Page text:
15. Bootstrap: Random Sign Change • If Ho is true, there is an equal chance that the plants in each pair are cross-fertilized or self-fertilized • Method: • 1. Randomly shift from cross to self-fertilized in each pair • 2. Compute sum of differences • 3. Repeat 5,000 times • 4. Plot histogram of summed differences • 5. Find the number of summed differences > 39.25

  16. Bootstrap: Random Sign Change Results • 124/5000 are >39.25. • The p-value is 2*(124/5000)=0.0496. • Compare to exact combinatorial p-value of 0.0526

  17. Bootstrap: Resample Within Pots • Experimenters will tend to present data in such a way as to get significant results • In order to be sure that pairings in each pot are random, we can resample within pots • We assume equality of heights in each pot • Method: • 1. Sample 3 crossed plants in pot 1 with replacement • 2. Sample 3 self-fert. plants in pot 1 with replacement • 3. Repeat for pots 2-4 • 4. Compute sum of differences • 5. Repeat 5,000 times • 6. Plot histogram of summed differences • 5. Find the number of summed differences <0

  18. Bootstrap: Resample Within Pots Results • 27/5000 are <0 • The p-value is 2*(27/5000)=0.0108

  19. Resampling-Based Sign Test • Disregard size of difference and look only at the sign of the difference • If Ho is true, the probability of any difference being positive or negative is 0.5, and we can use a binomial approach, where we would expect half out of 15 pairs to have a positive difference and half to have a negative difference  • We can count the number of positive differences in resampled pairs of size 15 • Method: • 1. Sample 3 crossed plants in pot 1 with replacement • 2. Sample 3 self-fert. plants in pot 1 with replacement • 3. Repeat for pots 2-4 • 4. Count the number of positive differences • 5. Repeat 5,000 times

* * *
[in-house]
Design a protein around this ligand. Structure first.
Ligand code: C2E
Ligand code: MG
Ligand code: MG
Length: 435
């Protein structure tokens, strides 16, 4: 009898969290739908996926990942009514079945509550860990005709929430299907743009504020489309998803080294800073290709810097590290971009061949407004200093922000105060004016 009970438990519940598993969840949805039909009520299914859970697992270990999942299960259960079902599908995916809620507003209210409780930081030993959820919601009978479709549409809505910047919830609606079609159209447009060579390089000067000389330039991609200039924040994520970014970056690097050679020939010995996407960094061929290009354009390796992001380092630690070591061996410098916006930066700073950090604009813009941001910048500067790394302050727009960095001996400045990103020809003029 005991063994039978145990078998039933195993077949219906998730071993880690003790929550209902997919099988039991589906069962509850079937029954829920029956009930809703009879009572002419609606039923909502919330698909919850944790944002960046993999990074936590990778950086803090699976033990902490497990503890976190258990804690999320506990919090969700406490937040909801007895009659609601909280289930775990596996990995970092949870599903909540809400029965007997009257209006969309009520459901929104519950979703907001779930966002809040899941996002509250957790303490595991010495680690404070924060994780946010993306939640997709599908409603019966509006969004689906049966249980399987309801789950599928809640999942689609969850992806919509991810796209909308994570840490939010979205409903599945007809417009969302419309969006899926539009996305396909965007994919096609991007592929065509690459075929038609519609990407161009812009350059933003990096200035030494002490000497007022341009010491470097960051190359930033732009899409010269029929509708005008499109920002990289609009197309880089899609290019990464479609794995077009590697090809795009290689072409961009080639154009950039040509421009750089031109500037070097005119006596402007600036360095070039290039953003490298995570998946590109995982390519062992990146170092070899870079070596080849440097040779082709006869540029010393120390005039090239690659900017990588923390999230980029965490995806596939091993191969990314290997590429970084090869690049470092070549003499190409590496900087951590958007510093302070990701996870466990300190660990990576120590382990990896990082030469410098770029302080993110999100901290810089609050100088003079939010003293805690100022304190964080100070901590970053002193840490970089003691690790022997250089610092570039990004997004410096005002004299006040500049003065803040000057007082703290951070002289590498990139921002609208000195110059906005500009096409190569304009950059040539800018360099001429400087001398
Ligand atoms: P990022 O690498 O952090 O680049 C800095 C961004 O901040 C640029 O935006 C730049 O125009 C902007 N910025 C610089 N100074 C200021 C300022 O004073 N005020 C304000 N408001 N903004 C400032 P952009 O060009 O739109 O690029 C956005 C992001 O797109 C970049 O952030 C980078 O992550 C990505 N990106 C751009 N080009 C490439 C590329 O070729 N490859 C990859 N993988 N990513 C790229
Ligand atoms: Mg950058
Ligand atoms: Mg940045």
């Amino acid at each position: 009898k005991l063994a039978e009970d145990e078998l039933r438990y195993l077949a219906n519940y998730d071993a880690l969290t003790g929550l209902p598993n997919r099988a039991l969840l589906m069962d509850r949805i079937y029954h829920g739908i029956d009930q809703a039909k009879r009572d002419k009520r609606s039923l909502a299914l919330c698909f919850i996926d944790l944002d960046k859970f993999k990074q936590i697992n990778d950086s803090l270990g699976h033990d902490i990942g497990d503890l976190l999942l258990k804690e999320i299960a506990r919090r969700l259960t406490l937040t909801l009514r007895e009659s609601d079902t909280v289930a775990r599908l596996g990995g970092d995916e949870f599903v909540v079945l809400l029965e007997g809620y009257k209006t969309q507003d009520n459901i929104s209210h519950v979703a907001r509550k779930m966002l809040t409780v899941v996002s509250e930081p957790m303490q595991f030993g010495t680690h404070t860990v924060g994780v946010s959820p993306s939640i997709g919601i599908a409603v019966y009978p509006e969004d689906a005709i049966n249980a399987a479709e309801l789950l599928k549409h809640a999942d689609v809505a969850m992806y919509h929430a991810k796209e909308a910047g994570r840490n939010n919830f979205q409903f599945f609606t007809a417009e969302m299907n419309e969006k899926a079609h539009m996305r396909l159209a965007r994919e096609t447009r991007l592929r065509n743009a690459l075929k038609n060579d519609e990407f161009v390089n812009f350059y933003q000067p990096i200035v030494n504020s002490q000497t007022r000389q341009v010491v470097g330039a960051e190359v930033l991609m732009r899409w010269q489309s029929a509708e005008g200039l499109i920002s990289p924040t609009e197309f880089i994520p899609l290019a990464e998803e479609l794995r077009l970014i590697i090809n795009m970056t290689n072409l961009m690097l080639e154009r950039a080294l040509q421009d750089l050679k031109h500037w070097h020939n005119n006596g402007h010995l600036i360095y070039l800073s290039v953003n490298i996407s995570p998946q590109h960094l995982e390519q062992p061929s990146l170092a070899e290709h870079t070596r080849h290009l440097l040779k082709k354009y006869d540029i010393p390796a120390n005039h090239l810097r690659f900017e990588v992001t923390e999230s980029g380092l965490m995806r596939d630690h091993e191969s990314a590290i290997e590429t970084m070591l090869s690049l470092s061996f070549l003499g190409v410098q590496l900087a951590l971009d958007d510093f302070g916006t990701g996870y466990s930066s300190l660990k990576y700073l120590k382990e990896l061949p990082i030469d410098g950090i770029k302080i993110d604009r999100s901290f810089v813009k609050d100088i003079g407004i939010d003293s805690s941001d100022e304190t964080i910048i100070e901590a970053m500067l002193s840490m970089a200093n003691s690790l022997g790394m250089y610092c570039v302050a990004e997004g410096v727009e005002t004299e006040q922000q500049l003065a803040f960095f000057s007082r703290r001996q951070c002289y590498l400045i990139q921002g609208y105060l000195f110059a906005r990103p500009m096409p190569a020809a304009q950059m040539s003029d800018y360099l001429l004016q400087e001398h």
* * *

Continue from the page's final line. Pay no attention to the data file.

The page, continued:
20. Resampling-Based Sign Test Results • Almost every time out of 5,000, we get over 8 positive differences out of 15. • #pos diff < 6: 0/5000 • #pos diff < 8: 2/5000 • p-value is essentially 0

  21. Randomization Within Pots • Disregard information about cross or self-fertilized • Find the distribution of summed differences by resampling from pooled data • Method: • 1. Pool plants in pot 1 • 2. Sample 3 plants from the pool w/replacement, treat as crossed • 3. Sample 3 plants from the pool w/replacement, treat as self-fert. • 4. Repeat for pots 2-4 • 5. Compute sum of differences • 6. Repeat 5,000 times • 7. Plot histogram of summed differences (=distribution of null hypothesis) • 8. Find the number of summed differences >39.25

  22. Randomization Within Pots Results • 38/5000 are >39.25 • The p-value is 2*(38/5000)= 0.0152

  23. Resampling Approach to Confidence Intervals • Using Darwin’s original differences: • 1. Sample 15 differences with replacement • 2. Compute the sum of differences • 3. Repeat 5,000 times • 4. Plot histogram of summed differences • 5. Take 125th and 4875th summed difference • Divide by sample size = 15 • We get 95% CI: (0.1749, 4.817), which is shorter than the t-interval (.0036, 5.230)

  24. Resampling Approach to Confidence Intervals • In the resampling approaches, “95% of the resampled average differences were between 0.1749 and 4.817.” • This is not equivalent to the t- procedure, where “with probability 95%, the true value of the difference estimate lies between 0.0036 and 5.230.”

  25. Conclusion • We can conclude from our tests that cross-fertilization leads to increased stalk heights • Despite Fisher’s concerns that removing normality assumptions was less intelligible than the t-test, nonparametric resampling-based methods are powerful and efficient

  26. Is there anything else to consider? • Not using randomization, which might lead to environmental advantages and disadvantages • Soil conditions or fertility • Lighting • Air currents • Irrigation/evaporation

  27. References • Fisher, R.A.(1935). The Design of Experiments. Edinburgh: Oliver & Boyd, 29-49. • Thompson, J.R.(2000). Simulation: A Modeler’s Approach. New York: Wiley-International Publication, 199-210. • http://www.fact-index.com/r/ro/ronald_fisher.html • http://www.lib.virginia.edu/science/parshall/darwin.html • http://www.mste.uiuc.edu/stat/bootarticle.html • http://www.psych.usyd.edu.au/difference5/scholars/galton.html